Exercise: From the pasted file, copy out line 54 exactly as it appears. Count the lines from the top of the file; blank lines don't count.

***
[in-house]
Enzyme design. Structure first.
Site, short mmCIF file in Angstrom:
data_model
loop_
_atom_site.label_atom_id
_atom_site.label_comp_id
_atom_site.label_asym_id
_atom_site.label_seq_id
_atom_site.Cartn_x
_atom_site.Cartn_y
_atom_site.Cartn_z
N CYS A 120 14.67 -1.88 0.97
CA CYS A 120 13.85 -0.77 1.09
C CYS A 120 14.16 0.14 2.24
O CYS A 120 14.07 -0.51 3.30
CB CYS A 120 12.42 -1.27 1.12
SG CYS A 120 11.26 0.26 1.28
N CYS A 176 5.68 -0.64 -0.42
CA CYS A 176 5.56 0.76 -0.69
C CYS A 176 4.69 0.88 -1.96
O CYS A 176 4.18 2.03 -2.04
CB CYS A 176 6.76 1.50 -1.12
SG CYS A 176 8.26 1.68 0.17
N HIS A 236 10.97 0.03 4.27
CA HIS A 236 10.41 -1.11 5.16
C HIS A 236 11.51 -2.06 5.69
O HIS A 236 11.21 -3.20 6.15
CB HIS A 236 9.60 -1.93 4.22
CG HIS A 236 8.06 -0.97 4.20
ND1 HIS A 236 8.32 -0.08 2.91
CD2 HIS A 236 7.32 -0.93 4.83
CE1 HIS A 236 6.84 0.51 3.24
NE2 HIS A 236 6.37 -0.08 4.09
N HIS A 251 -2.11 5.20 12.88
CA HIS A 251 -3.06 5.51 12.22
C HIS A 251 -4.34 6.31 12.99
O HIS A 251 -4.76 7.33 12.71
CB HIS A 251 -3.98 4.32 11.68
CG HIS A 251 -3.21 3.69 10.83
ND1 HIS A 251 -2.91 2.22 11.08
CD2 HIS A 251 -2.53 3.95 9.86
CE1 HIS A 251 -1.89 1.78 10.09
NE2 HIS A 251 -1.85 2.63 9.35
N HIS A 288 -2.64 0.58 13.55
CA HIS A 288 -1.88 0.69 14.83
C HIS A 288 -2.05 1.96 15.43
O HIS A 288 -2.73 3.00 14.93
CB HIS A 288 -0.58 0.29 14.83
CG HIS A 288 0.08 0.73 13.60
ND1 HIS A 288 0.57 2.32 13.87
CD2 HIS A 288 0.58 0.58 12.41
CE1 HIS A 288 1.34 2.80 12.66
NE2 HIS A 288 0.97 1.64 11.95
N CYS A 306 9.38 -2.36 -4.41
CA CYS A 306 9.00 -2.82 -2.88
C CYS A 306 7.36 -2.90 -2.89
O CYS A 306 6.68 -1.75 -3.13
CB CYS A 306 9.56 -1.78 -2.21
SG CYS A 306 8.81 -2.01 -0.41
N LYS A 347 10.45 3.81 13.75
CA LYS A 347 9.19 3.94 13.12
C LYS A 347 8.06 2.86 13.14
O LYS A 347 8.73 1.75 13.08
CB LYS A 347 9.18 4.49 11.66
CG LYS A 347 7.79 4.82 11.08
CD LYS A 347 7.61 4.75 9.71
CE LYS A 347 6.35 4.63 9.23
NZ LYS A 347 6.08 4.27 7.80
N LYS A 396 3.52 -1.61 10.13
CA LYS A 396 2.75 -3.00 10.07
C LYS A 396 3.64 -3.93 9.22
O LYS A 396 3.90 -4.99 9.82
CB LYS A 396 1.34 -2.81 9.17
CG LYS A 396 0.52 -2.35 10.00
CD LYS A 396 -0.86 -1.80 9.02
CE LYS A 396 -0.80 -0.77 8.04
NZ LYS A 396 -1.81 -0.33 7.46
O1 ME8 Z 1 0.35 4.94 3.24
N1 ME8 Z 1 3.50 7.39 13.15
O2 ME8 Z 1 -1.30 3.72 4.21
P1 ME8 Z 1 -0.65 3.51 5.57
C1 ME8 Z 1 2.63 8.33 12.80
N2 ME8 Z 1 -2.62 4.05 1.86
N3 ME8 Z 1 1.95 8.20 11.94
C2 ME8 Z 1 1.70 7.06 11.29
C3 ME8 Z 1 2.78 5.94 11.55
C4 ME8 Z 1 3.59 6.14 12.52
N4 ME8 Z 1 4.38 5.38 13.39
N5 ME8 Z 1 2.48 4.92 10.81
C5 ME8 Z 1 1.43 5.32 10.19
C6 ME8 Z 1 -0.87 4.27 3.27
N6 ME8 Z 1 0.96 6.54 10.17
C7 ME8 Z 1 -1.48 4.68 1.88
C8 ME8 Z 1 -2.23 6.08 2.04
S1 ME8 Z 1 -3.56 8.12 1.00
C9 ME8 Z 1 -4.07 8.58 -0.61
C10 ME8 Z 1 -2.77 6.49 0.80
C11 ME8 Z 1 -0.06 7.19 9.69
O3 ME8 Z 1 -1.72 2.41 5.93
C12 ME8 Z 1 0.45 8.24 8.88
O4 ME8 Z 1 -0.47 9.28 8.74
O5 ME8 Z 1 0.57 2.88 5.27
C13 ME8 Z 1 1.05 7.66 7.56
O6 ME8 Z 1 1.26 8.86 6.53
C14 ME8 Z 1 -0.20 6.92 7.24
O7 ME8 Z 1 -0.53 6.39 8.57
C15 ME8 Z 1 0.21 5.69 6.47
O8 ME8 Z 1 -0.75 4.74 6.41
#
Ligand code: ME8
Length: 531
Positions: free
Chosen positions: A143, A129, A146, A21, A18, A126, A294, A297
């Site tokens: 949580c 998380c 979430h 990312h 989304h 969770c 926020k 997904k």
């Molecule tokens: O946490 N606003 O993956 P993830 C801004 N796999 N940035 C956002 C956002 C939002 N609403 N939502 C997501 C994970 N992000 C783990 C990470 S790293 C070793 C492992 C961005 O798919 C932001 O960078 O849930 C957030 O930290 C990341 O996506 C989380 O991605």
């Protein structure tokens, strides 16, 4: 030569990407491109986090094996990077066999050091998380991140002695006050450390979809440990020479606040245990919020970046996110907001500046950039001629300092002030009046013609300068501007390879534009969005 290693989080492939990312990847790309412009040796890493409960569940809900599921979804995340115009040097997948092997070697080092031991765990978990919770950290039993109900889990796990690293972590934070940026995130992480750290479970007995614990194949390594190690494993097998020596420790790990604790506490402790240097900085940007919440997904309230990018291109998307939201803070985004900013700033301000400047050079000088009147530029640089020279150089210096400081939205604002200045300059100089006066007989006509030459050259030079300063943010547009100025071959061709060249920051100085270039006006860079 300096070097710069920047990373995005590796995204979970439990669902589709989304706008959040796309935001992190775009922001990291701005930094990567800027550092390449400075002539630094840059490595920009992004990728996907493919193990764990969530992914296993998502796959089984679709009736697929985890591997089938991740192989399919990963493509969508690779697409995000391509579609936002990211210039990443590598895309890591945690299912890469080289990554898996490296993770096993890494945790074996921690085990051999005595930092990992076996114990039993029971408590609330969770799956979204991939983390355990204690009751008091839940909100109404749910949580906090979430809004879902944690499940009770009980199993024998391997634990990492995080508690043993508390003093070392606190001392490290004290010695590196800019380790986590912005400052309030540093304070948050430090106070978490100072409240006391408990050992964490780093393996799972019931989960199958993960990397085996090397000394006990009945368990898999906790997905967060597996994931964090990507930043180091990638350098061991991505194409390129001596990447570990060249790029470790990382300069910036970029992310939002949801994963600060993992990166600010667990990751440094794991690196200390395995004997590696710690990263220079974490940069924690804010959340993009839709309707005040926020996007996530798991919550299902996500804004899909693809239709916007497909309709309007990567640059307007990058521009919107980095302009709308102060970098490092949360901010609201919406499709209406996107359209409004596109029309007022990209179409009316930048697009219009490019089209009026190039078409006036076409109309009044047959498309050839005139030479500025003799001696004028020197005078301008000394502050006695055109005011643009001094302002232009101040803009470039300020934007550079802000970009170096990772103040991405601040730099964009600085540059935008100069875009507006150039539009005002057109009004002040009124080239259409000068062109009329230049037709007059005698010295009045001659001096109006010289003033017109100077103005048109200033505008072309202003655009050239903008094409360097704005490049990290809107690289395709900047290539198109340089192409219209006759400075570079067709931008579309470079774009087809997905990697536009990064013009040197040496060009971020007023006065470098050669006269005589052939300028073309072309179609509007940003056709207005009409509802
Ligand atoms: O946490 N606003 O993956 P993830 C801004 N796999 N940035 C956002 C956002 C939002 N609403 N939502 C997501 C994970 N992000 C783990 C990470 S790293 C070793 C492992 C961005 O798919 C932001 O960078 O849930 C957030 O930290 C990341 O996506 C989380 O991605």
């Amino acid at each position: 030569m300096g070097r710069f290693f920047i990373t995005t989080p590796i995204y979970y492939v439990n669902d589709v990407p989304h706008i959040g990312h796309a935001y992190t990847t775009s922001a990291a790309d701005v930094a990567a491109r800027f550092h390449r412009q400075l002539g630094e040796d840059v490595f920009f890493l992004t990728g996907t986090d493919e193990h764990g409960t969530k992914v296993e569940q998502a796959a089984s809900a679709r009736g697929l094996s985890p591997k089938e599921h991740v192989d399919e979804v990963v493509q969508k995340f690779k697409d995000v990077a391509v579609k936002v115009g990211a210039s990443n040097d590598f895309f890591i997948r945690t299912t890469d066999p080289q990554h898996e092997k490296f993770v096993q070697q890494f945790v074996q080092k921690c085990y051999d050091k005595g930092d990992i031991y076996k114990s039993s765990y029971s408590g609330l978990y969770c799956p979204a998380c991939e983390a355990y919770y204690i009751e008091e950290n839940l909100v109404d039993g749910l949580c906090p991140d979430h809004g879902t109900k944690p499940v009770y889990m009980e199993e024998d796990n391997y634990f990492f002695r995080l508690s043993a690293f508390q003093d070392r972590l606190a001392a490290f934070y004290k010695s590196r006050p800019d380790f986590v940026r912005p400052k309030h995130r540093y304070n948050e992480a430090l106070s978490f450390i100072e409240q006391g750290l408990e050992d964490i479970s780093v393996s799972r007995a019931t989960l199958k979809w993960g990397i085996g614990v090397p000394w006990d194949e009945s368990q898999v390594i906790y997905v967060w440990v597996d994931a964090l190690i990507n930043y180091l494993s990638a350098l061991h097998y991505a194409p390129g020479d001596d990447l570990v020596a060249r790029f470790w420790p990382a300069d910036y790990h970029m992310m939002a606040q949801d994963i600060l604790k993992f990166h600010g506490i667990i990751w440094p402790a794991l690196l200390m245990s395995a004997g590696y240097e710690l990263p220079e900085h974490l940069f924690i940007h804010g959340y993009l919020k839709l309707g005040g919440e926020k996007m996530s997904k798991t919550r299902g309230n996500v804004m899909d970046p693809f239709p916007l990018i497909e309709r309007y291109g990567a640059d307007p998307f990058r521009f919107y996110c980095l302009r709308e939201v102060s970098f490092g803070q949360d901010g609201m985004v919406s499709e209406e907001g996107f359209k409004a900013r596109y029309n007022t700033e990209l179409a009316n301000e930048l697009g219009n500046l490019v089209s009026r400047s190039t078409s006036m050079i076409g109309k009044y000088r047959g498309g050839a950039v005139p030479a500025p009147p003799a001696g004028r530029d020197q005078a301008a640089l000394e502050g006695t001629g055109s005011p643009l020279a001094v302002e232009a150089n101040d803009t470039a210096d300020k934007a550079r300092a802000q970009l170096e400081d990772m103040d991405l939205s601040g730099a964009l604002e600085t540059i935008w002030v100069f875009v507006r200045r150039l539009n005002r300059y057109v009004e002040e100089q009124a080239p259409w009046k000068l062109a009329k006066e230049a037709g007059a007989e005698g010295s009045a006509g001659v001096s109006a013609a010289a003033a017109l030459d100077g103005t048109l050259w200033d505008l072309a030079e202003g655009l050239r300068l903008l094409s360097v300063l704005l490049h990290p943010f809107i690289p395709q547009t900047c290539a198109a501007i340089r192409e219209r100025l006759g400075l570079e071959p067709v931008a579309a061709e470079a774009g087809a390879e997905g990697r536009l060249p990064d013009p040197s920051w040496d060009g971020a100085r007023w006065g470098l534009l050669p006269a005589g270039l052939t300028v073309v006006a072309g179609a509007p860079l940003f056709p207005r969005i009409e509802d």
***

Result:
NE2 HIS A 288 0.97 1.64 11.95